o Analyze the disorder addressing the following elements: pathophysiology, signs/symptoms, progression trajectory, diagnostic testing, and treatment options.
o Differentiate the disorder from normal development.
o Discuss the physical and psychological demands the disorder places on the patient and family.
o Explain the key concepts that must be shared with the patient and family to achieve optimal disorder management and outcomes.
o Identify key interdisciplinary team personnel needed and how this team will provide care to achieve optimal disorder management and outcomes.
o Interpret facilitators and barriers to optimal disorder management and outcomes.
o Describe strategies to overcome the identified barriers.
Care Plan Synthesis
o Design a comprehensive and holistic recognition and planning for the disorder.
o Address how the patient’s socio-cultural background can potentially impact optimal management and outcomes.
o Demonstrate an evidence-based approach to address key issues identified in the case study.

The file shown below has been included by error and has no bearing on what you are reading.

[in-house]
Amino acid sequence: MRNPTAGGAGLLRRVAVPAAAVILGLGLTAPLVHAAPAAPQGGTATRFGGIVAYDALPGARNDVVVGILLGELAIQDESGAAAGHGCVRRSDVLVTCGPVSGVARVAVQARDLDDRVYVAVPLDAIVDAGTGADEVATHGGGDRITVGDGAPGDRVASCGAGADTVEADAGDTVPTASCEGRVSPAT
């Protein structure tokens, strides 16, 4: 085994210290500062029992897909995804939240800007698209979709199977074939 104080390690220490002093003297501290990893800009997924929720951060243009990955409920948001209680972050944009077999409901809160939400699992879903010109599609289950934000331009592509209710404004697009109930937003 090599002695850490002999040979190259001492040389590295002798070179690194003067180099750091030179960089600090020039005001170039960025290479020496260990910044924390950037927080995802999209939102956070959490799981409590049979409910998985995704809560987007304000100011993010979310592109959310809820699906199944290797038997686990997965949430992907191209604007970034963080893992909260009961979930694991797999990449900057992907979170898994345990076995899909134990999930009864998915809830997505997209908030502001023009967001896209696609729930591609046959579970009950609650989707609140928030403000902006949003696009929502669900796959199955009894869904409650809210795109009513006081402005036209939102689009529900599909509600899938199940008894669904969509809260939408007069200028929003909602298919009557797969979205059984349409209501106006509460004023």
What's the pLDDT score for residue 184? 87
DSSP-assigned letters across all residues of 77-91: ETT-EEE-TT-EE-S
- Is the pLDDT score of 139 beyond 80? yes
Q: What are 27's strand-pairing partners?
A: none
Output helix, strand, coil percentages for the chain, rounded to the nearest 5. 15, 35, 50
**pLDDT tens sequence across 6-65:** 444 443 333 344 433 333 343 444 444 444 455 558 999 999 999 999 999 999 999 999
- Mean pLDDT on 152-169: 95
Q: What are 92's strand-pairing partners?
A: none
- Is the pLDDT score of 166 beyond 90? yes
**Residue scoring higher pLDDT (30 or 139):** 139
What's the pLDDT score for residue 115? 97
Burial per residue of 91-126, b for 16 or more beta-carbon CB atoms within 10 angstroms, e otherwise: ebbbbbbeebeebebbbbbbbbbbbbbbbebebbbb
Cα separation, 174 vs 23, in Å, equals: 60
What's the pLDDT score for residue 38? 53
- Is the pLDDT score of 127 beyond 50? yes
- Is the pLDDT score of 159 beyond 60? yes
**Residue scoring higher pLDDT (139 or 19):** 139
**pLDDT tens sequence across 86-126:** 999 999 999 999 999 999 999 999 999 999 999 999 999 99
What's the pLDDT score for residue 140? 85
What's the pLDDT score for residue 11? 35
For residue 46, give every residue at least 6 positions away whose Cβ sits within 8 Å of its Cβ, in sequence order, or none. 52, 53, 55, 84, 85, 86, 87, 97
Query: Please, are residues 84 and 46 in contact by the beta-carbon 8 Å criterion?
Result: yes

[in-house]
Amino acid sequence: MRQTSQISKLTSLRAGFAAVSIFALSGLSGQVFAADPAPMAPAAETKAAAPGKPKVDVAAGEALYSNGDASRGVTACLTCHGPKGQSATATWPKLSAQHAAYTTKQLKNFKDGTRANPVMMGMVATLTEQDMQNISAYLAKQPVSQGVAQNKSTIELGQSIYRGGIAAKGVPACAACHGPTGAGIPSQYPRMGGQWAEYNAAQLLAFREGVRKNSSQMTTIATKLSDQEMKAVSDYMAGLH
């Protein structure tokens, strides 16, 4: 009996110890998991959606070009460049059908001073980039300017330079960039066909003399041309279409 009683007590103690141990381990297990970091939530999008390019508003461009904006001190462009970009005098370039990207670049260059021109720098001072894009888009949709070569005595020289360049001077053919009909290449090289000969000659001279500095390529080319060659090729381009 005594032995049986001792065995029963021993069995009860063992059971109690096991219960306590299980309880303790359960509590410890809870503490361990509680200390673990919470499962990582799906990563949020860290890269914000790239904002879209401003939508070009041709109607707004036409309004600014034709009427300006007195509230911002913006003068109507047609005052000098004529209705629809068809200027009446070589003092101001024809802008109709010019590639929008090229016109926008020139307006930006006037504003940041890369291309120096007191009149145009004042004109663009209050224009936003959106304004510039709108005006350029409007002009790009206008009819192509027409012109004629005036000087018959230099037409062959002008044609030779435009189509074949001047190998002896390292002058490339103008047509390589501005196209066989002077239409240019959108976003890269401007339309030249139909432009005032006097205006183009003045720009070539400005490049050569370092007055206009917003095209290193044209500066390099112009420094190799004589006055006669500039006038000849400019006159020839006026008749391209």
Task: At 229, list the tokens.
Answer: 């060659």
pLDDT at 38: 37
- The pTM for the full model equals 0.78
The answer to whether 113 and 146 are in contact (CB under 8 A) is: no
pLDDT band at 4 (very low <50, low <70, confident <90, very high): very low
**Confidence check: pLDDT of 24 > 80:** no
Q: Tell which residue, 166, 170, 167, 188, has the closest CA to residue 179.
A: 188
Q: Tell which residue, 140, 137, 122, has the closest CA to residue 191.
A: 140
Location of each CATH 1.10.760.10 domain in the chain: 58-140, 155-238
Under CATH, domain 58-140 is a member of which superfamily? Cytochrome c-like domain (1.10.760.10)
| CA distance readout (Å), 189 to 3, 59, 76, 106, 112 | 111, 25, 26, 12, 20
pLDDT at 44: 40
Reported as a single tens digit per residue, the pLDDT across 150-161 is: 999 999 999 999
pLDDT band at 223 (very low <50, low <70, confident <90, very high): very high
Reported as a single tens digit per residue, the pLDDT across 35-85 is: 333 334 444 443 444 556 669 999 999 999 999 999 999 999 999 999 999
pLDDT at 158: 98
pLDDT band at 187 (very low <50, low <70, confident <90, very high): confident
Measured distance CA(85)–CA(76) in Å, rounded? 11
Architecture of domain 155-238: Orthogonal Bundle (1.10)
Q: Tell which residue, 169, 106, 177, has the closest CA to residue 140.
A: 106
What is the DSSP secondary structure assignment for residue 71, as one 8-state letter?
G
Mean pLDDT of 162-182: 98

o Formulate a comprehensive but tailored approach to disorder management.
A 60-year-old Hispanic male presents with the chief complaint of decreased urinary flow. The patient has been experiencing this over the past two years, but for the past two weeks, the symptoms have increased significantly. The current symptoms are similar to what he experienced in the past.
However, for the past two weeks, he has had increased nocturia, with decreased strength of urinary flow and slight terminal dysuria. Patient has had no treatment in the past. The nocturia has been very troublesome over the past two weeks. Yesterday he had significant difficulty in starting his urine flow and this is interfering with daily activities. He needs to pass urine four to five times every night. He has been urinating frequently and always needs to know if there are bathrooms around.Patient does not complain of any other radiating pain. He has had no treatment or diagnostic work up in the past, but now the symptoms have been increasing in severity. He believes he had a lowgrade fever yesterday. The patient is not sure what is going on but thinks he may have cancer. He had significant obstructive symptoms two days ago. Gradual worsening of symptoms has compelled him to seek medical help now.